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April 24, 1987 - Image 30

Resource type:
Text
Publication:
The Detroit Jewish News, 1987-04-24

Disclaimer: Computer generated plain text may have errors. Read more about this.

YOUR

CHNRACIER

Call 855-1763 or 626-1811

ORCHARD-14 SHOPPING CENTER
ORCHARD LAKE RD. & 14 MILE
HOTLINE: 855-0033

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THE TAMARACK CAMPS ADVENTURE CENTER

proudly presents

"The Magic of Family Communication"

presented by

Ni

Michael Brandwein

IT'S I\MAGIC!

nationally known education
& leadership trainer and consultant,
magician and graduate of Chicago's
Second City improvisational school

FOR THE
WHOLE FAMILY

Tamarack Camps Adventure Center
Tel-Twelve Mall, Southfield
(between Montgomery Wards & Glassman Olds)

(313) 350-8710 or (313) 661-0600

presented in conjunction with

JEWISH EXPERIENCES FOR FAMILIES

This a fun, fast-paced experience packed with very specific,
very practical tools and techniques that will immediately
increase your family communication, trust and cooperation.

Sunday, April 26, 1987

2:30 p.m. and 4:30 p.m.

Boys and Girls up to 5 yrs. old: $2.00

Boys and Girls 6-16 $4.00

Parents accompanying children FREE

30

Friday, April 24, 1987

THE DETROIT JEWISH NEWS

OP-ED

Modern Orthodox

GAYNORS

GRAMS

Beth

$1 00

OFF
ANY TOP 50 LP
OR CASSETTE
VALID ANYTIME

RENT OUR 6 FT. INDOOR/OUTDOOR
CHARACTERS TO GREET YOUR GUESTS

MESSAGE
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FOR MOTHER'S DAY OR
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Continued from Page 7

j

they want a more liberal ver-
sion of Judaism but because
they want to hold the Or-
thodox at bay. And this al-
liance caused all the Or-
thodox, not only the ultra-
Orthodox rabbinate but also
the so-called Religious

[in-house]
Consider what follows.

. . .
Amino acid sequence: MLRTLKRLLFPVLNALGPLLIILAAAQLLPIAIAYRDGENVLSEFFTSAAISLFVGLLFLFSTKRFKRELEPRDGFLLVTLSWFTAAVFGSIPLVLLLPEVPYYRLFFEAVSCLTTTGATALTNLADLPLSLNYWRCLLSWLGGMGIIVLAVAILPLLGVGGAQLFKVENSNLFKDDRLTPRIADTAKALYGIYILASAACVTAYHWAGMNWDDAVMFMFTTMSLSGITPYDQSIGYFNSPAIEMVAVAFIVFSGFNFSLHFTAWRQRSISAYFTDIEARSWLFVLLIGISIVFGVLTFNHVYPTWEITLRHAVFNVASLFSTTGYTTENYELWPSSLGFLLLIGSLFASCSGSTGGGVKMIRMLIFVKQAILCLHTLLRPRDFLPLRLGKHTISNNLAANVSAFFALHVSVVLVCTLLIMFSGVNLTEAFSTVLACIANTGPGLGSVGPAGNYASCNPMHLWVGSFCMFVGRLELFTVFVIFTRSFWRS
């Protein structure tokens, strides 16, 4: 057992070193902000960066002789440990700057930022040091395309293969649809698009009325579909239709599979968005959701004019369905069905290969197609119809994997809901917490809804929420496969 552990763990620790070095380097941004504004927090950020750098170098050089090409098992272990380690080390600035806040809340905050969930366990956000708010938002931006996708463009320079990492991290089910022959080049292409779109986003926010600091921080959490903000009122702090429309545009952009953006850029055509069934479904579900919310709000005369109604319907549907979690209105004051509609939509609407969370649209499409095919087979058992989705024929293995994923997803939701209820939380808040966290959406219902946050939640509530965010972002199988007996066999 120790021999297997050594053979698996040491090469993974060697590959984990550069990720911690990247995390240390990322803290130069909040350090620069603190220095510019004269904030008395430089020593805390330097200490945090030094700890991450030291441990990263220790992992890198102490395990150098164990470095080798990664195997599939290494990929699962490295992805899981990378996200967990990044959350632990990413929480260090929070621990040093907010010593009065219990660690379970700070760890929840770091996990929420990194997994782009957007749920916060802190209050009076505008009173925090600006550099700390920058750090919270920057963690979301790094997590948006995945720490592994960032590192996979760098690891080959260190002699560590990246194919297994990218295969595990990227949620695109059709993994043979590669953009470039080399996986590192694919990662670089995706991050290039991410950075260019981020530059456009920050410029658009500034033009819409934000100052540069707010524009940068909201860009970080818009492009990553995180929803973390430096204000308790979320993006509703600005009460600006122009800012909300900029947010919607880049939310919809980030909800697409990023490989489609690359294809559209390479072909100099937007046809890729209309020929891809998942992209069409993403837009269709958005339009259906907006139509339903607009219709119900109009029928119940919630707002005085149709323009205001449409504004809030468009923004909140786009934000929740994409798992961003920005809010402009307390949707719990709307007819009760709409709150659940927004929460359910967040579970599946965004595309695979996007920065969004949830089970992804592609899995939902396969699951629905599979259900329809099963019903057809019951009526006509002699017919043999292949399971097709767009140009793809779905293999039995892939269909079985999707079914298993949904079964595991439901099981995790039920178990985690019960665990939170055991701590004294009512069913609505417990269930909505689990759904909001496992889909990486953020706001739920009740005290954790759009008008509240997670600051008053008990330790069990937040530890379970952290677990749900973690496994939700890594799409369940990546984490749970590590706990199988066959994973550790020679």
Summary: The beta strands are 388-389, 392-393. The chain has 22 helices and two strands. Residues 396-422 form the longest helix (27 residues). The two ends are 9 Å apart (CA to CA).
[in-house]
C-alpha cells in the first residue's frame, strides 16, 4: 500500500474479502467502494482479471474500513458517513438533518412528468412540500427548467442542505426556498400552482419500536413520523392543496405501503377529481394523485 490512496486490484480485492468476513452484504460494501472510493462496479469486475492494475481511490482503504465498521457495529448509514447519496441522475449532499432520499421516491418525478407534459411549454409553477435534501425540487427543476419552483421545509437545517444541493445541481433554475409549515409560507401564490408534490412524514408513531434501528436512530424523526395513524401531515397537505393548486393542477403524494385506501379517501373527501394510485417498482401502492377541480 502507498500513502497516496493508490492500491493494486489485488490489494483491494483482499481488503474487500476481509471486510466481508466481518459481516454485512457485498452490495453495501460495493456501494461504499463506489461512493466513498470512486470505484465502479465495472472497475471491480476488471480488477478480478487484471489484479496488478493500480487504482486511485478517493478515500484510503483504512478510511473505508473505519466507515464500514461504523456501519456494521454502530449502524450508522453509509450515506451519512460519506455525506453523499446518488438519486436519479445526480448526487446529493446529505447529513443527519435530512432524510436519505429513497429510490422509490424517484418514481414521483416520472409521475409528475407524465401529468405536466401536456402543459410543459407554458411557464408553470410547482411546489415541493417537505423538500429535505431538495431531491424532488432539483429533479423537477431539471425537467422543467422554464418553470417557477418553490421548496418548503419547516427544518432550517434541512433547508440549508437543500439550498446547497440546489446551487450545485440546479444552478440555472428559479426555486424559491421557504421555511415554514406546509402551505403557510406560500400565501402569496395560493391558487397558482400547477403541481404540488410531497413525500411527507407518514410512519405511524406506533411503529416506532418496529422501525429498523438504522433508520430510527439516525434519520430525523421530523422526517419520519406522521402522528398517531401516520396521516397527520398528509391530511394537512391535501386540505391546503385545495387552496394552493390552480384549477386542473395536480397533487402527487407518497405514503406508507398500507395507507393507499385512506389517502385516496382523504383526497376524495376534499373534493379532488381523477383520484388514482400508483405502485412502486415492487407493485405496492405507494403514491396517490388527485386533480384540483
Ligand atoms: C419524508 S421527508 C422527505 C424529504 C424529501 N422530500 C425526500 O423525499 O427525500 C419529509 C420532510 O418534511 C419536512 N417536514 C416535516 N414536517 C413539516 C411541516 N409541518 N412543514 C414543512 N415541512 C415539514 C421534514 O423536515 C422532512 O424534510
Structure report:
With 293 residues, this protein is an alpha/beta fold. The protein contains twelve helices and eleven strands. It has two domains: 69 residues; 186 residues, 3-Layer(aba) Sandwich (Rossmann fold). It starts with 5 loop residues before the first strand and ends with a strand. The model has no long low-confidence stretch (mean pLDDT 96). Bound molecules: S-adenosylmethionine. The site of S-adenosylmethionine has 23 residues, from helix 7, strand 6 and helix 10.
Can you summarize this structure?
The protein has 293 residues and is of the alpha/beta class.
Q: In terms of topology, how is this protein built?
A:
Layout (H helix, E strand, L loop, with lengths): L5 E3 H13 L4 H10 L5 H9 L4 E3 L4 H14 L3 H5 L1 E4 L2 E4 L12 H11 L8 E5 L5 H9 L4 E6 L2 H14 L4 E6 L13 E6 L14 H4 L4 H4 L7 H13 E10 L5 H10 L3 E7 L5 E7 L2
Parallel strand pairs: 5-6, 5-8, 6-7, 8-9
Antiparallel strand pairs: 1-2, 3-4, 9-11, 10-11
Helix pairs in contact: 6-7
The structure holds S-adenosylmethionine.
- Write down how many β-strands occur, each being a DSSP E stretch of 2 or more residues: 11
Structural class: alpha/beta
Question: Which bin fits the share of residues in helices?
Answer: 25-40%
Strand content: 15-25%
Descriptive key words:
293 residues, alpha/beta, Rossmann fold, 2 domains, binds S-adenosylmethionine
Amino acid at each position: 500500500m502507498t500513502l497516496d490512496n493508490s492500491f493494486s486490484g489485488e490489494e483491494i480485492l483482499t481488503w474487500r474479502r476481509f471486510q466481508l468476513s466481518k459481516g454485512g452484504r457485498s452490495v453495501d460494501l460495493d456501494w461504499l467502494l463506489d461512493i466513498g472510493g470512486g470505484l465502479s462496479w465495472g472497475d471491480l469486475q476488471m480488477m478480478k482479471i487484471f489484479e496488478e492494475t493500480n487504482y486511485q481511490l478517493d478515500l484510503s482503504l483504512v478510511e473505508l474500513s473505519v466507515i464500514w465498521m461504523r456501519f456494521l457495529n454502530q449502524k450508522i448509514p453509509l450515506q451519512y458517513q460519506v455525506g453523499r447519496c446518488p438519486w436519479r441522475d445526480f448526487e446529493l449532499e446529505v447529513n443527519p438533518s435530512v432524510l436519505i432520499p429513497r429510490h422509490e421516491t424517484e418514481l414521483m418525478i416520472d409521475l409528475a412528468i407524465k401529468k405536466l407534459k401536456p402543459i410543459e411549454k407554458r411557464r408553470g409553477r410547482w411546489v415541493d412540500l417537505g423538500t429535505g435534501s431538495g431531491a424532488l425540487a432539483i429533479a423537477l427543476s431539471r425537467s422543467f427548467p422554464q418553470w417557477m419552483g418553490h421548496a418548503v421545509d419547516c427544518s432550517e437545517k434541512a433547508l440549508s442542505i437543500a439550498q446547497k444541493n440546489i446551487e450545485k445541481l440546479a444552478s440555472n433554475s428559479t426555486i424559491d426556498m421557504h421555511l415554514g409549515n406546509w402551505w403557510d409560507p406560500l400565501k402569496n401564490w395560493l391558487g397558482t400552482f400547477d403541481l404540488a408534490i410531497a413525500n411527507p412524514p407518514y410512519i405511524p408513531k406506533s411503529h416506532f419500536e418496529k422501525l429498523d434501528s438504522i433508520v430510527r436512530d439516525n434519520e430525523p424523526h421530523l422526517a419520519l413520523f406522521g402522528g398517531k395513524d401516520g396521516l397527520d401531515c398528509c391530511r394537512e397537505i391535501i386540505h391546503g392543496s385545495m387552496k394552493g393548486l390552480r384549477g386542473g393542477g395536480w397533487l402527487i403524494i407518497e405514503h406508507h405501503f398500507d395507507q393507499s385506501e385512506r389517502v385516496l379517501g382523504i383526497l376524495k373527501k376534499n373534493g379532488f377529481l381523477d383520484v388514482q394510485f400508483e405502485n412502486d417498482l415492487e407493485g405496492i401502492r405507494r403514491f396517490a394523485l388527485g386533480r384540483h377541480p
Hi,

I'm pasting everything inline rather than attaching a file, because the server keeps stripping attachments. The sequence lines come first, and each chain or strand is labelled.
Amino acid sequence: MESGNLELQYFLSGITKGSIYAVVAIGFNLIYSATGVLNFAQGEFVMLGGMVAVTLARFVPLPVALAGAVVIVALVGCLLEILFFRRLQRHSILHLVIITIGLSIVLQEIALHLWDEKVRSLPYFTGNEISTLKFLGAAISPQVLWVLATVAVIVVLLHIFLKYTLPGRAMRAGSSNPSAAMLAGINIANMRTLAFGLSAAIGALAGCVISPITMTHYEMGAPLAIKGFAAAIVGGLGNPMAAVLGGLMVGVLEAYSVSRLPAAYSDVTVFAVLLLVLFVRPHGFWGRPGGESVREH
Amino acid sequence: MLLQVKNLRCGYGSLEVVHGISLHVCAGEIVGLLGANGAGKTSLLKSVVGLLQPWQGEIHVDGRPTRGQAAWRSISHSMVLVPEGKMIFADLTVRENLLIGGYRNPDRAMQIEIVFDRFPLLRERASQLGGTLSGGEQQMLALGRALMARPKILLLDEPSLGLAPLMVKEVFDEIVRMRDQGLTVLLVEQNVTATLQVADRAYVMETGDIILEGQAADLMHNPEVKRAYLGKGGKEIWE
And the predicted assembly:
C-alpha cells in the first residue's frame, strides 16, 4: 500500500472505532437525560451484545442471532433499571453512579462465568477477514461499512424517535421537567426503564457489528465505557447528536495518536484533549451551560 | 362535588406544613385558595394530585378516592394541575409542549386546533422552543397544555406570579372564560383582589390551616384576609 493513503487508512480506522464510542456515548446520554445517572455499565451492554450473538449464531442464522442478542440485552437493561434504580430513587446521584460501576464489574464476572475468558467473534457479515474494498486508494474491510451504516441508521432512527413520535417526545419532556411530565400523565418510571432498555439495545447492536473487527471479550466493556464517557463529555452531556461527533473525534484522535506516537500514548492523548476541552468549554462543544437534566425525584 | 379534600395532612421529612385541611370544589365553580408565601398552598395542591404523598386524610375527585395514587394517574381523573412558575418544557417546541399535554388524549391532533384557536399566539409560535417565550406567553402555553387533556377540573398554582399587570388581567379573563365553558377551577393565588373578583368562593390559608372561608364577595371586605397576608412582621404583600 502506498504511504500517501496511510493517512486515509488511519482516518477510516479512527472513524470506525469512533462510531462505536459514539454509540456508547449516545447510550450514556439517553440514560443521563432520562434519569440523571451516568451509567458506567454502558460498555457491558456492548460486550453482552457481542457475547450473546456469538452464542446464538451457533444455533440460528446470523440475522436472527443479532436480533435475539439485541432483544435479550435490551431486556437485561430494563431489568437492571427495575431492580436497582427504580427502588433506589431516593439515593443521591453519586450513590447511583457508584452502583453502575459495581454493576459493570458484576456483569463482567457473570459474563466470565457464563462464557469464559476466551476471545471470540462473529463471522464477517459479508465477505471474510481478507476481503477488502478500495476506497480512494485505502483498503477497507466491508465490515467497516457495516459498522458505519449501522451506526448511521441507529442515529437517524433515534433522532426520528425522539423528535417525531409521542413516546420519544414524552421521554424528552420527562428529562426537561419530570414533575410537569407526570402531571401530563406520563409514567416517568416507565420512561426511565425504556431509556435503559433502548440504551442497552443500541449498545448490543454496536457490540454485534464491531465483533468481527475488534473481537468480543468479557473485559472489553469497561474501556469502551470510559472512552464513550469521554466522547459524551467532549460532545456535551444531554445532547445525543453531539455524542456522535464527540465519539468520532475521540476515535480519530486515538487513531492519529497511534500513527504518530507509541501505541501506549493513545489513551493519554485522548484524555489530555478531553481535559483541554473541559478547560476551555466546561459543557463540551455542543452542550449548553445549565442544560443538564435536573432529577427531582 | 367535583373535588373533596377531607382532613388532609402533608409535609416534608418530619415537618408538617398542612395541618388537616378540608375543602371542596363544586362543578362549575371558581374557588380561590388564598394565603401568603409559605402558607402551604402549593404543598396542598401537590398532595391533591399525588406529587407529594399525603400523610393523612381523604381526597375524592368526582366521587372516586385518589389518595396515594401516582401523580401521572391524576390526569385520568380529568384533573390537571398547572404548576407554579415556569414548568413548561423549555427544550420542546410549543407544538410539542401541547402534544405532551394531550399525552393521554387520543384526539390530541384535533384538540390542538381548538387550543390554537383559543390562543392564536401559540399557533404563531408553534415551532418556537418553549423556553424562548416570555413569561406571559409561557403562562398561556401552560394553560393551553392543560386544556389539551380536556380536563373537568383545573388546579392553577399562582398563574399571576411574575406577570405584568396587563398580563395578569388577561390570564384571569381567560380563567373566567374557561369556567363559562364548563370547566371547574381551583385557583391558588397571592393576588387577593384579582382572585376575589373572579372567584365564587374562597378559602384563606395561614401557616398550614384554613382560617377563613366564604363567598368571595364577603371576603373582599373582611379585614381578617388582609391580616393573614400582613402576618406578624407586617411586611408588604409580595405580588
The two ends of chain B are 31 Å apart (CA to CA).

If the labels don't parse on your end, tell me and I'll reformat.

Zionists, to become more hos-
tile than ever to the non-
Orthodox.
There is no question but
that the only hope for peace
lies with the modern Or-
thodox. It is high time that
they came out of hiding and
spoke the language of Rabbi
Abraham Isaac Kook and
other spiritual giants who
walked in his path. They
must find solutions to the
agonizing problems of Jewish
family law, and they must
mobilize the halachic tradi-
tion to unite Jews rather
than to alienate them.
Consequently, the organ-
ization in the United States
known as Clal, which is
headed by Rabbi Irving
Greenberg, must lead the
way. At least two universities
must work with him, even if,
because of academic freedom,
some members of their facul-
ties will stand in the way.
They are Yeshiva University
in the U.S. and Bar-Ilan
University in Israel. This is
no time to hedge. Financial
supporters of both institu-
tions should make their clout
felt.
Both institutions histori-
cally are the unquestionable
creations of the Religious
Zionist movement, and they
must fulfill the mission of
their founders. I know that
some of my colleagues and
some alumni of both institu-
tions feel that their greatest
duty is to prevent non-
Orthodox Judaism from corn-
ing to Israel, even as in the